Home » Posts tagged 'fed'

Tag Archives: fed

Olduvai
Click on image to purchase

Olduvai III: Catacylsm
Click on image to purchase

Post categories

Olduvai
Click on image to purchase

Olduvai II: Exodus
Click on image to purchase

Olduvai
Click on image to purchase

Olduvai II: Exodus
Click on image to purchase

Olduvai
Click on image to purchase

Olduvai II: Exodus
Click on image to purchase

Olduvai
Click on image to purchase

Olduvai II: Exodus
Click on image to purchase

Olduvai
Click on image to purchase

Olduvai II: Exodus
Click on image to purchase

Olduvai III: Cataclysm
Click on image to purchase

The World-Wide Suppression of Interest Rates Has Been Something Very Near to a Crime

The World-Wide Suppression of Interest Rates Has Been Something Very Near to a Crime

James Grant, editor of the renowned investment newsletter «Grant’s Interest Rate Observer», warns about the growing herd of corporate «zombies» and other fatal market distortions caused by modern monetary policy.

Once again, the expedition to go back to normal has been postponed. After the big market scare at the end of 2018, central banks have abolished their plans to tighten interest rates further. Wall Street loves it. The first quarter has been the best one for risk assets in a decade, and after Lyft’s successful going public, a record year for IPOs seems to be in sight. Jim Grant observes the madding crowd from a sober distance. «Interest rates are the traffic signals of a market economy. Turn them all green, and errors and pileups abound», says the sharp thinking editor of the iconic Wall Street newsletter «Grant’s Interest Rate Observer. He states that a decade after the financial crisis, many companies are so heavily addicted to easy monetary policies that they wouldn’t be able to survive on their own. Consequentially, the proficient value seeker has a hard time to find attractive investments in today’s markets. Where he spots rare opportunities, he tells «The Market» in this extended interview.


Mr. Grant, once again, the Federal Reserve is giving investors the green light. US equities are off to their best start since 1998. What’s your take on the current state of the global financial markets?
Stocks are up, bond yields are down and economists are speaking of full employment: Everything seems perfect and improving. But I remain a non-believer in these modern monetary methods. If it were this easy, mankind would have solved the economic problems a long time ago.

 …click on the above link to read the rest of the article…

Counterfeiting Money Is a Crime — Whether Done by the Fed or A Private Individual

Counterfeiting Money Is a Crime — Whether Done by the Fed or A Private Individual

A few years ago, shortly after the 2008 subprime lending disaster, the Fed sent a public relations team around the country to conduct supposedly “educational sessions” about how the Fed works and the wonderful things it does. The public was invited, and there was a question and answer session at the end of the presentation. One such session was held in Des Moines, Iowa. At the time I was teaching a course in Austrian economics at the University of Iowa, so I lusted at the prospect of hearing complete nonsense and having a shot at asking a question. I was not disappointed.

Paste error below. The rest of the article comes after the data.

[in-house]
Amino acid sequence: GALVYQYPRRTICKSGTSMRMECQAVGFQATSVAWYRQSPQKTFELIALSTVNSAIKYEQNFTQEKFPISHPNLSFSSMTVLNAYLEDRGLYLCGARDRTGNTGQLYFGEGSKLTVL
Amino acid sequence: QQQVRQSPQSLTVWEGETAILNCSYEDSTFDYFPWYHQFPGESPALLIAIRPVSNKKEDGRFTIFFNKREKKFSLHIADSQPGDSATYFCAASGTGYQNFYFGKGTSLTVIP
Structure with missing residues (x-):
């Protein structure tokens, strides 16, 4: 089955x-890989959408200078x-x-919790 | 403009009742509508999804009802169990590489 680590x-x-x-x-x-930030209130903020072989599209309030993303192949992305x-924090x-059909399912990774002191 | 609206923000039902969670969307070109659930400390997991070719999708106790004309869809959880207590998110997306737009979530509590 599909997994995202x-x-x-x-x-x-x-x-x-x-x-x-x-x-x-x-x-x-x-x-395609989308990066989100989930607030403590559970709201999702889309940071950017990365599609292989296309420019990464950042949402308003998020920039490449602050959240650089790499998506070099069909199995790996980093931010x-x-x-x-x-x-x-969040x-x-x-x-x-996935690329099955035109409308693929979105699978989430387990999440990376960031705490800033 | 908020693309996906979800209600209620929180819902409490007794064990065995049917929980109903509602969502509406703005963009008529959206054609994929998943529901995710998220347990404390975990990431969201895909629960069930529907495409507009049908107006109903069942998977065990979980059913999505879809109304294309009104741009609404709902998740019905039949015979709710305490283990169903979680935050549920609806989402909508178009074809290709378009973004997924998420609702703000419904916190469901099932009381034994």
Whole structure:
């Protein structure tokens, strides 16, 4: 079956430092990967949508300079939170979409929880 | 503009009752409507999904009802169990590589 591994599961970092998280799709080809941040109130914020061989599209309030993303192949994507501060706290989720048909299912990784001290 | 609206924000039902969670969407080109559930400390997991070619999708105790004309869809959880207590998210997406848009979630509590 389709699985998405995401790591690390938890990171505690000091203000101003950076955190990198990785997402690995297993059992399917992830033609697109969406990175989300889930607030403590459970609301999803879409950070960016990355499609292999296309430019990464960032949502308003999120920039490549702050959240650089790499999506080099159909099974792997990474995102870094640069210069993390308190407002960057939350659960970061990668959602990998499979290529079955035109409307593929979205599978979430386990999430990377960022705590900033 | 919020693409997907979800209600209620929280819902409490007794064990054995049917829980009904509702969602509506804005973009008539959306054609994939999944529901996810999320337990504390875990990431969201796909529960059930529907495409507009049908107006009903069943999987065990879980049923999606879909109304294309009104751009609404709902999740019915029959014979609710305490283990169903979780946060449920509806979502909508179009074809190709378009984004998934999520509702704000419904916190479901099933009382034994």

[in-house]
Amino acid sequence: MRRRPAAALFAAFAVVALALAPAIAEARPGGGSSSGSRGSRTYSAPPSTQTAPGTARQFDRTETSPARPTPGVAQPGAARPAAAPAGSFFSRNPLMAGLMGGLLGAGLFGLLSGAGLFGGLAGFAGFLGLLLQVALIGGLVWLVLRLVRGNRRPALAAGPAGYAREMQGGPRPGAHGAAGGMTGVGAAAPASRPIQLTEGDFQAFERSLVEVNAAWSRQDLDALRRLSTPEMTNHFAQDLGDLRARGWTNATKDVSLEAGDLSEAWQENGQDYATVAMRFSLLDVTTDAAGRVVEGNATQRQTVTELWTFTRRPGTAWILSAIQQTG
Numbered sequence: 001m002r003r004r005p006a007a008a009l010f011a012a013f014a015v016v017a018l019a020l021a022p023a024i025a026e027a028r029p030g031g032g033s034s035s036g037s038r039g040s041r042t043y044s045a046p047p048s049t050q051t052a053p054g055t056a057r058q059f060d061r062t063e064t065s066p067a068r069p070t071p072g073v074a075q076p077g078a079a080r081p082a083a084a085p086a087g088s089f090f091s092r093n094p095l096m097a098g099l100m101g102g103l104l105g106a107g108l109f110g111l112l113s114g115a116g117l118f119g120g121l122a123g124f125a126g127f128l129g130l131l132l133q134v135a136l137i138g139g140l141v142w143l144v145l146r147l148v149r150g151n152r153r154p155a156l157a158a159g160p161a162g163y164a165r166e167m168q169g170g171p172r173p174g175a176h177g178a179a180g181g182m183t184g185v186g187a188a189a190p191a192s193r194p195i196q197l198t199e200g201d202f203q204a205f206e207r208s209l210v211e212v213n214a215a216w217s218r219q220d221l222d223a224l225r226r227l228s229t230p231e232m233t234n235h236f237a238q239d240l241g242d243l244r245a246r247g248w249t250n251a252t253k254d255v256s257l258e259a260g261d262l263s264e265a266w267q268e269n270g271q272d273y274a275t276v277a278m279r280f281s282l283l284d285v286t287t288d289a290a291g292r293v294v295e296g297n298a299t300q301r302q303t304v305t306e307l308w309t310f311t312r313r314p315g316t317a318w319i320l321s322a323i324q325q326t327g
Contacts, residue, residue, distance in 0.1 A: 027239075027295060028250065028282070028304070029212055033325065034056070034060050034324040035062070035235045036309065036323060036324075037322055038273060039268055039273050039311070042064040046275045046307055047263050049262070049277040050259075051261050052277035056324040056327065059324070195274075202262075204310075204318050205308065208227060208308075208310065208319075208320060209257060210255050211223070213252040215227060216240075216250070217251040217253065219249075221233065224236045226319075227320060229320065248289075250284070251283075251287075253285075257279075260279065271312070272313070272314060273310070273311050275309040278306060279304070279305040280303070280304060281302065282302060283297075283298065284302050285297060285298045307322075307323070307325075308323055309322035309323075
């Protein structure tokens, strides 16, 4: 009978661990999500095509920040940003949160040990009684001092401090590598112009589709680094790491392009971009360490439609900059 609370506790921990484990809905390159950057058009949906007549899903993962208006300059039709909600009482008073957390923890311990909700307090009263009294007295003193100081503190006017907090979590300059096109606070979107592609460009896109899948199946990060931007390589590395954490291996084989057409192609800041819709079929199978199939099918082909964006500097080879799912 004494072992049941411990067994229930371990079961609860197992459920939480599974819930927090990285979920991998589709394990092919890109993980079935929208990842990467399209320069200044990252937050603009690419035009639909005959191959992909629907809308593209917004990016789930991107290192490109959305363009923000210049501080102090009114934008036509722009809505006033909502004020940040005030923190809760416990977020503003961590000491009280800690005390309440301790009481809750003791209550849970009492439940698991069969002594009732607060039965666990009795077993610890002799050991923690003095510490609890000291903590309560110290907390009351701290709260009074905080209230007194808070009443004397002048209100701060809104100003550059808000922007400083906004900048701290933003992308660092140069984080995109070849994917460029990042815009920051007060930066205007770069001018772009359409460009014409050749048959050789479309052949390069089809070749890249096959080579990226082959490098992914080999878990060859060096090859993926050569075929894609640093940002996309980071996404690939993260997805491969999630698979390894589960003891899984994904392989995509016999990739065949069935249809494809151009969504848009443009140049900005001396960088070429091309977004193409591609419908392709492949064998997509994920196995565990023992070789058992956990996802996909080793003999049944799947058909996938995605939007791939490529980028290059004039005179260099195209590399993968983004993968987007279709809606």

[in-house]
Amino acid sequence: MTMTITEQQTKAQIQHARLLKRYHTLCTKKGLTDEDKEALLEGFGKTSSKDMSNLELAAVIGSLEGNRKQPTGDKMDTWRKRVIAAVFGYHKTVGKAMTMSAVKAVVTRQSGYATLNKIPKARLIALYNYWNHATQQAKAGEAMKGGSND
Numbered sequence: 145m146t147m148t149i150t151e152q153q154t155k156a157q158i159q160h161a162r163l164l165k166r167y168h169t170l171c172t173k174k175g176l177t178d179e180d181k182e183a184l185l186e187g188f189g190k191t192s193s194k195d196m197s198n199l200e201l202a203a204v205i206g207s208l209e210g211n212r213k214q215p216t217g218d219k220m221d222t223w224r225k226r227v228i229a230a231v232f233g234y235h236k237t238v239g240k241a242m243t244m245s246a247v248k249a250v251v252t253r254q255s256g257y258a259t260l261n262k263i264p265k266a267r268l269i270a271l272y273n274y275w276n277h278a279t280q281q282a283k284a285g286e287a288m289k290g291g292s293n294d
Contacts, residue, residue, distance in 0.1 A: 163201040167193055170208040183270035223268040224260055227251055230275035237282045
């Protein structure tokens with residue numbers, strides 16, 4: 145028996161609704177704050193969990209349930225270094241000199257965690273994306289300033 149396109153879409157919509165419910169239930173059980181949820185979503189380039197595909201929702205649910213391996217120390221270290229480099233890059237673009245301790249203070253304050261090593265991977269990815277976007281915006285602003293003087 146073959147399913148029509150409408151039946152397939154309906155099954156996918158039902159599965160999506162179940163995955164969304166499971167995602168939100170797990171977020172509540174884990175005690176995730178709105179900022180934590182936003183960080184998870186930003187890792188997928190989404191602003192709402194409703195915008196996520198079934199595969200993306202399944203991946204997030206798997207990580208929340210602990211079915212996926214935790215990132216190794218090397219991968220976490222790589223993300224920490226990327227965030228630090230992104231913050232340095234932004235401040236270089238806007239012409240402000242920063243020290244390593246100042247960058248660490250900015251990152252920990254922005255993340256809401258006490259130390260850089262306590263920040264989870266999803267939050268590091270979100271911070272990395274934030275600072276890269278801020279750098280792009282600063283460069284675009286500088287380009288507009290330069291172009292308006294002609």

The educational part of the session lasted about an hour, and it became clear to me that the panel of four knew almost nothing about monetary theory. They may even have been hired especially for this grand tour, because all were relatively young, well scrubbed, and very personable–let’s face it, not your typical Fed monetary policy wonks or bank examiners! The panelists discussed only one of the Fed’s two remits–its remit to promote the economic advancement of the nation. Its other remit is to safeguard the monetary system. However, the panelists did touched upon the Fed’s control of interest rates and ensuring that money continued to flow to housing and other high profile areas of the economy.

Finally, at the end of the presentation, those with questions were asked to form a queue and advance one at a time to a microphone. I was last in a line of about a dozen. Here’s my recollection of what followed:

Me: You say that you (the Fed) have the power to increase the money supply. Is that right?

 …click on the above link to read the rest of the article…

Unsolicited Advice to Fed Chair Powell

Unsolicited Advice to Fed Chair Powell

American businesses over the past decade have taken a most unsettling turn.  According to research from the Securities Industry and Financial Markets Association, as of November 2018, non-financial corporate debt has grown to more than $9.1 trillion [ed note: this number refers to securitized debt and business loans, other corporate liabilities would add an additional $11 trillion for a total of $20.5 trillion].

US non-financial corporate debt takes flight – the post 2008 crisis trajectory is breath-taking, to say the least [PT]